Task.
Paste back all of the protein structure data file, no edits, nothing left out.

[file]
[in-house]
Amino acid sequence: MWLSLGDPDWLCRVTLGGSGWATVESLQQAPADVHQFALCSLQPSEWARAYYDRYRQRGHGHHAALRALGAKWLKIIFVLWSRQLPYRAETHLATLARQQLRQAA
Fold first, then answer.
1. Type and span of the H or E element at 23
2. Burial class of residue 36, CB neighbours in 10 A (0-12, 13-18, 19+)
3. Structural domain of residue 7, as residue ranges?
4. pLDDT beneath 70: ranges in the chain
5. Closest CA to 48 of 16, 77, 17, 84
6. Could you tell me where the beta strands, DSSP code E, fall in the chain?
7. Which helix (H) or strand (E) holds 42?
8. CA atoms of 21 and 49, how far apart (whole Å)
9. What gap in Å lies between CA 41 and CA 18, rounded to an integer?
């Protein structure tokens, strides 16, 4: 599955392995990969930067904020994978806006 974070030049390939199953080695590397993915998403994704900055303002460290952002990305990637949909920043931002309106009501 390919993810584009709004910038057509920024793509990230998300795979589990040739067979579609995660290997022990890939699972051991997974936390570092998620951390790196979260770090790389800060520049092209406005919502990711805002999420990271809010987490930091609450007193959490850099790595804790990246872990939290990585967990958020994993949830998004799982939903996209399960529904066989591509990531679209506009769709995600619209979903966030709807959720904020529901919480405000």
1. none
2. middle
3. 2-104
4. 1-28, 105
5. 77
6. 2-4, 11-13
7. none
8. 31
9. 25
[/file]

[in-house]
Amino acid sequence: MWLSLGDPDWLCRVTLGGSGWATVESLQQAPADVHQFALCSLQPSEWARAYYDRYRQRGHGHHAALRALGAKWLKIIFVLWSRQLPYRAETHLATLARQQLRQAA
Fold first, then answer.
1. Type and span of the H or E element at 23
2. Burial class of residue 36, CB neighbours in 10 A (0-12, 13-18, 19+)
3. Structural domain of residue 7, as residue ranges?
4. pLDDT beneath 70: ranges in the chain
5. Closest CA to 48 of 16, 77, 17, 84
6. Could you tell me where the beta strands, DSSP code E, fall in the chain?
7. Which helix (H) or strand (E) holds 42?
8. CA atoms of 21 and 49, how far apart (whole Å)
9. What gap in Å lies between CA 41 and CA 18, rounded to an integer?
């Protein structure tokens, strides 16, 4: 599955392995990969930067904020994978806006 974070030049390939199953080695590397993915998403994704900055303002460290952002990305990637949909920043931002309106009501 390919993810584009709004910038057509920024793509990230998300795979589990040739067979579609995660290997022990890939699972051991997974936390570092998620951390790196979260770090790389800060520049092209406005919502990711805002999420990271809010987490930091609450007193959490850099790595804790990246872990939290990585967990958020994993949830998004799982939903996209399960529904066989591509990531679209506009769709995600619209979903966030709807959720904020529901919480405000």
1. none
2. middle
3. 2-104
4. 1-28, 105
5. 77
6. 2-4, 11-13
7. none
8. 31
9. 25